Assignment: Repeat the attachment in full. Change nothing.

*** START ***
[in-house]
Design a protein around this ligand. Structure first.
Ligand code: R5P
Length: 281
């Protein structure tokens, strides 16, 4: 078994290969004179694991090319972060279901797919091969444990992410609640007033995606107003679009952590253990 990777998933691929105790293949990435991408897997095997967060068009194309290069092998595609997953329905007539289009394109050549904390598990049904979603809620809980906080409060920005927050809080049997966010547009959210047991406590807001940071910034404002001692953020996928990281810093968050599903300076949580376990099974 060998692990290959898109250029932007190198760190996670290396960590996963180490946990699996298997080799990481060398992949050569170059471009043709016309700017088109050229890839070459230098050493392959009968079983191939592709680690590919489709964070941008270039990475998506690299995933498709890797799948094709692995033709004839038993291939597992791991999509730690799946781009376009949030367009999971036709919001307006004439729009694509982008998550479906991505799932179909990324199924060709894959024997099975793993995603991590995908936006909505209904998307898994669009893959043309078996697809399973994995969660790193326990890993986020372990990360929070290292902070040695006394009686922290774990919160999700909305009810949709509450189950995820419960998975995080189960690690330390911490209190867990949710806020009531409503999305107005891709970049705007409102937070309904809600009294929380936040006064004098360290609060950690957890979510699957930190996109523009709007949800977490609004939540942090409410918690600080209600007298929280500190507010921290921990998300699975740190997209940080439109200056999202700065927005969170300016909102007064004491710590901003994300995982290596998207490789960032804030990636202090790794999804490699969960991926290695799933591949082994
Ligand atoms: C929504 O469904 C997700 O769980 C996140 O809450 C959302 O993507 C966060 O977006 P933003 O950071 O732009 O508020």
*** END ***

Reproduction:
[in-house]
Design a protein around this ligand. Structure first.
Ligand code: R5P
Length: 281
């Protein structure tokens, strides 16, 4: 078994290969004179694991090319972060279901797919091969444990992410609640007033995606107003679009952590253990 990777998933691929105790293949990435991408897997095997967060068009194309290069092998595609997953329905007539289009394109050549904390598990049904979603809620809980906080409060920005927050809080049997966010547009959210047991406590807001940071910034404002001692953020996928990281810093968050599903300076949580376990099974 060998692990290959898109250029932007190198760190996670290396960590996963180490946990699996298997080799990481060398992949050569170059471009043709016309700017088109050229890839070459230098050493392959009968079983191939592709680690590919489709964070941008270039990475998506690299995933498709890797799948094709692995033709004839038993291939597992791991999509730690799946781009376009949030367009999971036709919001307006004439729009694509982008998550479906991505799932179909990324199924060709894959024997099975793993995603991590995908936006909505209904998307898994669009893959043309078996697809399973994995969660790193326990890993986020372990990360929070290292902070040695006394009686922290774990919160999700909305009810949709509450189950995820419960998975995080189960690690330390911490209190867990949710806020009531409503999305107005891709970049705007409102937070309904809600009294929380936040006064004098360290609060950690957890979510699957930190996109523009709007949800977490609004939540942090409410918690600080209600007298929280500190507010921290921990998300699975740190997209940080439109200056999202700065927005969170300016909102007064004491710590901003994300995982290596998207490789960032804030990636202090790794999804490699969960991926290695799933591949082994
Ligand atoms: C929504 O469904 C997700 O769980 C996140 O809450 C959302 O993507 C966060 O977006 P933003 O950071 O732009 O508020």